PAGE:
The U.S. men's program has regressed since 2014, becoming must-see TV along the way as Jurgen Klinsmann continues to puzzle us all, Charles Boehm writes.
Unspectacular, but reliable. Short on imagination, yet organized, hard-working and resilient.
The U.S. men's national team program was very much a known quantity when it was handed over to Jurgen Klinsmann nearly five years ago. The team's limitations were fairly clear to see, but so were its strengths; the murky part was the true scope of its potential.
Many – eyeing the size, wealth and diversity of the nation at large – believed it to be nearly limitless. Even the most realistic observers generally acknowledged that a series of domestic-reared head coaches had taken the United States men to a stable plateau, and that a fresh perspective might be timely as the U.S. Soccer Federation sought that elusive path into the global elite.
After Friday night's 2-0 World Cup qualifying loss in Guatemala, the latest downward dive in the wobbly, frustrating sine wave that is Klinsmann's second cycle in charge, the usual adjectives have indeed been thrown out the window.
The U.S. men have indeed found a way to be spectacular under Klinsmann. Even with a 10 p.m. kickoff on the East Coast, Friday night's debacle was truly must-see TV, giving the fans back home a riveting spectacle to consume, as they turned the 95th-best team in the world (according to FIFA's dubious calculations, at least) into CONCACAF's Rocky Balboa.
The problem, of course, is that all those useful yet generally unsexy qualities seem to have vanished along the way.
Guatemala was led by a past-it striker, started an MLS reserve fullback in central defense (FC Dallas' Moises Hernandez) and couldn't even rely on their most creative player (Marco Pappa) to start the match. Yet they showcased the type of bravery, belief and collective understanding that underdogs so often use to make magic and wreak havoc in this strange, beautiful sport, ending a 21-game winless run against the United States which stretched back to Jan. 10, 1988.
And the mighty favorites simplified the task by dropping their hands early on and offering a free shot (or two) at their glass jaw. Guided by conventions that are clear only to him, Klinsmann continued his steadfast tradition of fielding several players out of position. Right back DeAndre Yedlin remained his preferred right midfielder. Geoff Cameron was moved out to right back despite starting the United States’ last three competitive matches at center back, flip-flopping with Michael Orozco (who's lately been relegated to cup duty with his club, Tijuana, but still got the start on Friday in part due to other injuries).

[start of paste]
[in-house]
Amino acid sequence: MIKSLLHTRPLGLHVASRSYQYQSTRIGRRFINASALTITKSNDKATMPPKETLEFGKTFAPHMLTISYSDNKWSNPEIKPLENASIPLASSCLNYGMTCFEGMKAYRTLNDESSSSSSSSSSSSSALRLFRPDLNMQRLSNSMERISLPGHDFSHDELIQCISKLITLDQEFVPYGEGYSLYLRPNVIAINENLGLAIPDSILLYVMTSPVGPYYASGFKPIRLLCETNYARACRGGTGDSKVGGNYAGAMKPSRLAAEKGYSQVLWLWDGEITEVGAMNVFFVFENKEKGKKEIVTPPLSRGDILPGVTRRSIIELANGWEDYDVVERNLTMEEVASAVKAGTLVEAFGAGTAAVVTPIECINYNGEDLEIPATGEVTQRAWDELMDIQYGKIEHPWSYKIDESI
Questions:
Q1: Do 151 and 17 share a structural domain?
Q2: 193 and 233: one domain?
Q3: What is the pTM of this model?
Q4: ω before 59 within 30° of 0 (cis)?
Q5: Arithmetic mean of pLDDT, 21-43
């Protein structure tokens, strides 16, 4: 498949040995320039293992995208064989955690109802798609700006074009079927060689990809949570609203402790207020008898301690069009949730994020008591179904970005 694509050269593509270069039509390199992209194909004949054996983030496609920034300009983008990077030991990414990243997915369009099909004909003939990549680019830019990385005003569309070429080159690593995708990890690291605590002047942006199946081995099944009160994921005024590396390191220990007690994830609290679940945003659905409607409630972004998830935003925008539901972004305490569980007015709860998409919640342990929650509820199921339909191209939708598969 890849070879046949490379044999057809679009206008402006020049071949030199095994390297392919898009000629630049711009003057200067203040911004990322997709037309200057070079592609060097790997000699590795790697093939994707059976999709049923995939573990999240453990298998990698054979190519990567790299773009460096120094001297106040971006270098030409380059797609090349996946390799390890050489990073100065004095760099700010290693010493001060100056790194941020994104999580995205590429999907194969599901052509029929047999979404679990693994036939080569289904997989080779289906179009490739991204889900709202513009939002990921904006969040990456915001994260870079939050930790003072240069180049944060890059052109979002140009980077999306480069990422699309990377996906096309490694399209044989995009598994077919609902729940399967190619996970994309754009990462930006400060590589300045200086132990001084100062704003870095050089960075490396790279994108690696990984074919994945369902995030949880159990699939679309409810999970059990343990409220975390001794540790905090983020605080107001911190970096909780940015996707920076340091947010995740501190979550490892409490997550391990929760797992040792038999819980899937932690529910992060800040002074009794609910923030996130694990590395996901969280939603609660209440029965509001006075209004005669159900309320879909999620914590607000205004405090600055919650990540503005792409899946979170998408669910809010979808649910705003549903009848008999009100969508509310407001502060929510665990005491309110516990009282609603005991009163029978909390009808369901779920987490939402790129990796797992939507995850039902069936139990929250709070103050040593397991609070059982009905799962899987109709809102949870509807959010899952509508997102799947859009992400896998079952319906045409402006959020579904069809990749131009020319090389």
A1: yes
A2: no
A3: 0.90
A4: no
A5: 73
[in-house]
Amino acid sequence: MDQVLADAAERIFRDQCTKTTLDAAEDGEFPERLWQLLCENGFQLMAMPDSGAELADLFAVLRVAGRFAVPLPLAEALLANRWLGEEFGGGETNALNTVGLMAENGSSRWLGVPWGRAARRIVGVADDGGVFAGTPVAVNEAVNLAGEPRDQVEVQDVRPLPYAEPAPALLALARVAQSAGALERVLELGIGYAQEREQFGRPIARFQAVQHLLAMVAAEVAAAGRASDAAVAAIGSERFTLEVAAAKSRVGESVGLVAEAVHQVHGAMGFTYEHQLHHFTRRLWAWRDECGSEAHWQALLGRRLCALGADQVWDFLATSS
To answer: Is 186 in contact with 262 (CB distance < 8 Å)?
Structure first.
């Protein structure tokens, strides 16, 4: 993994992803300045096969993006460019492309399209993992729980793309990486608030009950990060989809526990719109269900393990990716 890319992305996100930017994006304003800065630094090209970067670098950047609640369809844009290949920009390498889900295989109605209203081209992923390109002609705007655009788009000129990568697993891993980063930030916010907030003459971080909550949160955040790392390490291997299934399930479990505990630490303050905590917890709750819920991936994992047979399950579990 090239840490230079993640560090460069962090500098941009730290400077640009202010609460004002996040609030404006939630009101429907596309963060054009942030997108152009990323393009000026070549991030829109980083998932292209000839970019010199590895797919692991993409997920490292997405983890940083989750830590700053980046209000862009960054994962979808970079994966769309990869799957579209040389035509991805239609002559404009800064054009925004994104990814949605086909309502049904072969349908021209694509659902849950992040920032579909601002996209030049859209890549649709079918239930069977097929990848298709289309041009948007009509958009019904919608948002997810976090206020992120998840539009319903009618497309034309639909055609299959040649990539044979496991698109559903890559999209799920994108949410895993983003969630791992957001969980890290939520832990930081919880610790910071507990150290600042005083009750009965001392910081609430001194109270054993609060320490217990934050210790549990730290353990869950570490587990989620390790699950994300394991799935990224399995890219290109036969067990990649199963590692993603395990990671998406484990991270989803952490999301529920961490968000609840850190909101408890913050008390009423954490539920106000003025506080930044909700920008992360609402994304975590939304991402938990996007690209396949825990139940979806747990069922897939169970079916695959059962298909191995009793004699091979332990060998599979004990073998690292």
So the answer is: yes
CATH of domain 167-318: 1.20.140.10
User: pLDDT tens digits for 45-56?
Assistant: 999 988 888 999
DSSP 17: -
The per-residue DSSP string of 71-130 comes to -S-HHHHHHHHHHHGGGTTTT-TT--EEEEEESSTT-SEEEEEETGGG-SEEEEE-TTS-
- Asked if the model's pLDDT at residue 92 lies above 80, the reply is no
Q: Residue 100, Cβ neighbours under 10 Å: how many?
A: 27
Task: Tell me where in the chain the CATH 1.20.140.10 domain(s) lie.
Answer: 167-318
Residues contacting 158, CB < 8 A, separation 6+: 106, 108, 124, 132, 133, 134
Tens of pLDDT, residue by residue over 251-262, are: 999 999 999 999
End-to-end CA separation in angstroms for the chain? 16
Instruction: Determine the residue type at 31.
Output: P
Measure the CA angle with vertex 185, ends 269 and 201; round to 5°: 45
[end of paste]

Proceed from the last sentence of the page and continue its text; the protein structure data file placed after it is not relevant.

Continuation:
Alejandro Bedoya was ordered to leap on the hand grenade of left midfield, a spot he's rarely been asked to man on international duty – though it's hardly the first time he's been saddled with an unfamiliar and unfair tasking; remember that ill-fated run-out at defensive midfield vs. Brazil that ended with a first-half substitution and public postgame slating from Klinsmann?
Michael Bradley and Mix Diskerud started together in the central midfield of a 4-4-2 shape despite having spent little time together in that setup over the past year or so. While everything we know about both players would suggest that Mix would be advanced and Bradley holding, the duo seemed to have little clarity of their roles, a muddle that was not fixed until Darlington Nagbe replaced Diskerud at halftime and brought immediate improvements.
To cap it all, even the most reliable veterans suffered brain farts at disastrously costly moments. How does a serious, fully-professional national team forget to station a player on the near post while defending a corner kick, as happened on Rafa Morales' opening goal?
Who earned the assist on Carlos Ruiz's decisive lead-doubling goal? None other than Chapines goalkeeper Paulo Motta – on a line-drive GOAL KICK that was allowed to fly untouched through the U.S. lines, Bradley simply whiffing on an uncontested header at midfield before a half-hearted Diskerud got distracted by a Guatemalan's light contact as the ball bounced past.
— beIN SPORTS USA (@beINSPORTSUSA) March 26, 2016
It was a litany of recreational-level youth soccer follies by coach and players alike, most of them crammed into the game's first 15 minutes, and a 2-0 deficit was the fair and logical punishment – regardless of the opponent's limited resources. Subsequently connecting hundreds of passes against a comfortable, bunkered foe was scant consolation – and scant danger, not when so few of them were completed in the attacking third, where only Nagbe and Clint Dempsey served up a few flashes of imagination that went unrewarded by others' misfiring finishes.
Dressed in black, dominant in possession, bemused in tactics, imposing to look at but not to play against – the Yanks were more pantomime spaghetti-Western villains than Ivan Drago at Estadio Mateo Flores, a venue that posed challenges but little real menace, with a running track separating the visitors from a half-capacity crowd's questionable venom. Indeed, the home faithful’s main contribution to this memorable occasion was not hatred, but mockery, as they hooted like a vaudeville audience at Pappa's nutmeg of Bradley and later shouted “Olé” – a classic humiliation for a trailing team in Latin America – when their team killed off the late stages with a few passing sequences.
— beIN SPORTS USA (@beINSPORTSUSA) March 26, 2016
Terms like “hapless,” “chaos” and “self-inflicted wounds” now top the United States men’s national team’s word cloud, making the staid old descriptions sound like quaint charms of a bygone era.
The product on the field has steadily slid south to alarmingly poor levels of quality since the 2014 World Cup. But the U.S. men remain must-see TV for at least one more game, because Tuesday's home meeting with the Guatemalans in Columbus is now a must-win.